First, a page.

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Portable Kitchen grill's revival stirring up nostalgia, owners say

Posted by Scott Moody on 28th Jun 2014

by Claire Boston

Fans of the Portable Kitchen, a grill and smoker assembled in Little Rock, are fervid about their love of the product.

They follow the company on Facebook and Twitter. They post Instagram photos of their latest rack of smoked ribs. And Scott Moody, who handles the company's marketing, said it's not uncommon for customers to call or email because they want to chat about how their first smoked chicken turned out.

"People will call to tell you they received their grill and will literally want to talk to you for 20 minutes about how excited they are," Moody said.

The Portable Kitchen is a favorite with charcoal barbecuers around the nation who prize the grill for what they call its superior smoking and durability. Founded in Tyler, Texas, in 1952, the company later moved to Little Rock and sold thousands of grills before a fire shut down production in the 1970s. A Little Rock attorney and his sister revived the company in the late 1990s. Since then, Portable Kitchens Inc. has seen steady growth and recently added three business partners.

As word spread about the grill's return, passionate customers -- many of whom remembered the grill from their youth or still had an old model -- had Paul and Martha James selling out around every major holiday. To help the company grow, the two called in businessmen Moody, Jeff Humiston and Brian Taylor. The five now share ownership of the company.

The three were executives at Allied Wireless but decided to take a break from the corporate world when AT&T acquired the company. They were looking for a small, local company whose product they believed in. Taylor, a brother-in-law of the Jameses, knew about Portable Kitchens. After considering other companies, the men decided to join the grill-maker after seeing the enthusiasm of the customer base.

"It's a proven product," Humiston said. "It's kind of rare when you're looking for something to be involved in that you can step into something with such a unique history."

Paul James had a legal mentor and a neighbor who raved about their vintage Portable Kitchens. He felt lucky when later he scored a 1950s-era grill at a yard sale. Although he's been practicing law for years, James said he "always wanted to make something" and start a business. Over the course of 18 months, he ended up buying the rights to the Portable Kitchen from Char-Broil and hunting down the original parts suppliers. The grill, made of recycled aluminum hand-poured into molds, is built from parts sourced from family-owned companies in the South and Midwest.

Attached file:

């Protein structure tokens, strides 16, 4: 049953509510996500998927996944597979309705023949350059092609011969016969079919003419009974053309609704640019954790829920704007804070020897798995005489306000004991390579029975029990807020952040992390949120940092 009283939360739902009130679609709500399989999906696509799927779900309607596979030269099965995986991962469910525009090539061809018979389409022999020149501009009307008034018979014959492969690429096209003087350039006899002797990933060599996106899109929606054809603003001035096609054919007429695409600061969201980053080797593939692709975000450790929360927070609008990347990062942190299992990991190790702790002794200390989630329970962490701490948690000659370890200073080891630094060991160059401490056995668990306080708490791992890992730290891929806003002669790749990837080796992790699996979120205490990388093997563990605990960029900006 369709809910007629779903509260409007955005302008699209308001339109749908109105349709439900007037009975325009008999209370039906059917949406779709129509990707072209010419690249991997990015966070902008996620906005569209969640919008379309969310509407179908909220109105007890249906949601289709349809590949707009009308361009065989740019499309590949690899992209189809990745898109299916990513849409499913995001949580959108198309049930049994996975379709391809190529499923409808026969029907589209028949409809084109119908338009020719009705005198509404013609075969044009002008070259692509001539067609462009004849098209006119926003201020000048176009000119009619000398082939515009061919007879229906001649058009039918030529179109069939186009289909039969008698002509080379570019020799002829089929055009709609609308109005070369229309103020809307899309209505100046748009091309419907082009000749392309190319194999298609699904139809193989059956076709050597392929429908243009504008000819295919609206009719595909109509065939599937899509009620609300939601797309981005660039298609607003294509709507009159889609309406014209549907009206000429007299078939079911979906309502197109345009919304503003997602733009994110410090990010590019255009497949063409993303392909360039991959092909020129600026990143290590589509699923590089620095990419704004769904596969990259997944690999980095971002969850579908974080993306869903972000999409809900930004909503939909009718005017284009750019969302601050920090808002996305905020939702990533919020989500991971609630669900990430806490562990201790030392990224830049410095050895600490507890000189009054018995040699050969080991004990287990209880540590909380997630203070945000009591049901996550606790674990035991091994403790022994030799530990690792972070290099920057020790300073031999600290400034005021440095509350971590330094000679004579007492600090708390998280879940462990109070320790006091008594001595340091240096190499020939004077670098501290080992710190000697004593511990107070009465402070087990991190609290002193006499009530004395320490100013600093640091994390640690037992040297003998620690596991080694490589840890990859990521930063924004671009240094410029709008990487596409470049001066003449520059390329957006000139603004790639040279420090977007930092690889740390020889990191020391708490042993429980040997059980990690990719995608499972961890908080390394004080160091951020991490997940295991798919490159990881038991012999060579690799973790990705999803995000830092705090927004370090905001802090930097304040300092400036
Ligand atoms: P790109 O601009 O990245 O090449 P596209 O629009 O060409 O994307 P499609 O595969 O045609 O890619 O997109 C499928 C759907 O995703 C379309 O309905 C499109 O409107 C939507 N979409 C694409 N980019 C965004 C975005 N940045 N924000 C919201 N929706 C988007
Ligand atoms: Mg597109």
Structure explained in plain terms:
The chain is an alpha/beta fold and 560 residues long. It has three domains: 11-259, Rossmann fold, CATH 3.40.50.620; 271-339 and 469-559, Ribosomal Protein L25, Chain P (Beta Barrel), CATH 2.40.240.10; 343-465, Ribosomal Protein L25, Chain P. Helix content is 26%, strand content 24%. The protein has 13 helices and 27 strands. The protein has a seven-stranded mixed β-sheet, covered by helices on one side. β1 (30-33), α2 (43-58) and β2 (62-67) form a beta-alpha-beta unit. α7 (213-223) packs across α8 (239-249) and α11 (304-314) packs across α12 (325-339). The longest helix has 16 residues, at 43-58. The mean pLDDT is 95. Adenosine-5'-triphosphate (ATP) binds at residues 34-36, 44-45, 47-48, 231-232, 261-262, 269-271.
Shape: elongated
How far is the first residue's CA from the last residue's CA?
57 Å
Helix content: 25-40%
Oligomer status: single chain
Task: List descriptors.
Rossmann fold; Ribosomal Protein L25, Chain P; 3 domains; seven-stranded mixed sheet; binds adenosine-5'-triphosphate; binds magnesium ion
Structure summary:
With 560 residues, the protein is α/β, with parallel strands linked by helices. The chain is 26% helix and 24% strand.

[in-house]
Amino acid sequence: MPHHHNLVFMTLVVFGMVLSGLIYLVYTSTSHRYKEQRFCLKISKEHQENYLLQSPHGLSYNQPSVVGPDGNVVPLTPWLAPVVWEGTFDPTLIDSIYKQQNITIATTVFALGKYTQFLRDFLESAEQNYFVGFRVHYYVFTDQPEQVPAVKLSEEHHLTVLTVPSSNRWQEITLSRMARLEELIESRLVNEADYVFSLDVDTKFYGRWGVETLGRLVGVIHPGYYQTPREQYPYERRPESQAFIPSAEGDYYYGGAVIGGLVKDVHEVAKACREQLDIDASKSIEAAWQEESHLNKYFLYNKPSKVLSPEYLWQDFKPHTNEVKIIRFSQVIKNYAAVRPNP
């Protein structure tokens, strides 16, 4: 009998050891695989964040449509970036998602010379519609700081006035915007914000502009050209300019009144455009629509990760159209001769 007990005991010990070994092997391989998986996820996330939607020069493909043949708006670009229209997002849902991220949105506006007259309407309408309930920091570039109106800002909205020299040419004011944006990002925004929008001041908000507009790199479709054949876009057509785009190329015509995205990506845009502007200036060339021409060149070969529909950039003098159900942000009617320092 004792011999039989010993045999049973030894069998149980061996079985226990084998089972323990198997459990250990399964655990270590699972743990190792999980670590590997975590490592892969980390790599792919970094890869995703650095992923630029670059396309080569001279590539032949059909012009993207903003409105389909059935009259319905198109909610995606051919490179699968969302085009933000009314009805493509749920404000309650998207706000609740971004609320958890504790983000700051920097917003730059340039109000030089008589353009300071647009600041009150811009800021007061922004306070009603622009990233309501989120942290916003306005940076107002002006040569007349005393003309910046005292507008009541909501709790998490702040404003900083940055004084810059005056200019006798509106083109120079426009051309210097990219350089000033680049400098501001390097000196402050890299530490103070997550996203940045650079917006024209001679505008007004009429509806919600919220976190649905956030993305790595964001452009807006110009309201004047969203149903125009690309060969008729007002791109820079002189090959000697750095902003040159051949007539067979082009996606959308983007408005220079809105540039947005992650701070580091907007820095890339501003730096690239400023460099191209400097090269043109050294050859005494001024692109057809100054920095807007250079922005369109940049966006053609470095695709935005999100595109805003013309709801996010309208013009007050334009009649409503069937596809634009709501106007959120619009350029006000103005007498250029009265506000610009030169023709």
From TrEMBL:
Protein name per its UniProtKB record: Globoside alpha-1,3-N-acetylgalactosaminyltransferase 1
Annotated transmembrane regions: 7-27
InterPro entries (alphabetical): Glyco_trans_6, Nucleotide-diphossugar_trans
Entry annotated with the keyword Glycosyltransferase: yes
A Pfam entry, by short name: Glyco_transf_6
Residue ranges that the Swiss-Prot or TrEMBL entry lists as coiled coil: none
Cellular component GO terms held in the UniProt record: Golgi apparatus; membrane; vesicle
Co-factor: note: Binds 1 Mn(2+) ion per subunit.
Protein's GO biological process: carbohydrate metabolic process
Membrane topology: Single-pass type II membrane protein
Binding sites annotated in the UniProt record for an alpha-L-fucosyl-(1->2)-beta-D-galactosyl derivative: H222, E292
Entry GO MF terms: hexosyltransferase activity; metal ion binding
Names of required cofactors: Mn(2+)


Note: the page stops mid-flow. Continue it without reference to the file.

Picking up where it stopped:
The first new grills were ready between 1999 and 2000. The day he plugged in the office phone -- but before grills were in production -- James got a call from a Texas retailer who was trying to track down new grates for a client with an original grill. Six months later, the grates were in production. The company still sells a number of parts, mostly grates, to customers with 50- and 60-year-old grills.

Because of sales on military bases in the 1950s and 1960s, old Portable Kitchen grills pop up all over the world. The company has shipped new grills as far as Denmark and Australia.

Taylor said the grill's longevity makes him excited about the future of the market. He said he's seeing consumers choose more expensive but longer-lasting products over cheaper ones that may only last a year or two. He said the popularity of organic and farm-to-table food has also made a new generation excited about cooking.

"'Buy-it-for-life' is a really growing trend," Taylor said. "People are willing to pay out of pocket more for something of value."

Early sales after the reboot were driven by charcoal aficionados and people familiar with the original product, but the Portable Kitchen has since gained more young fans. James said that with the addition of Humiston, Moody and Taylor, the company is exploring ways to introduce new products, including smaller and larger models.

Moody recently introduced an updated pkgrills.com website and said he expects the company will add to its small staff in the coming year as demand grows. In the meantime, the company is renovating the office at its Shall Street warehouse. James' yard sale discovery sits above prototypes for a new product. A small section of the wall is a display of letters and yellowing photos from customers who shared their grilling memories.

Martha James said one of the favorite parts of her job is taking calls from customers, many of whom describe memories of family cookouts around old Portable Kitchens. She said she has fielded calls from divorced couples fighting over who keeps the grill and siblings who purchased additional grills after only one could take the grill left in a deceased father's estate. The stories behind the grills, she said, help make the product unique.

"It's about the product," she said. "[You don't call] about the refrigerator you've had for 30 years."

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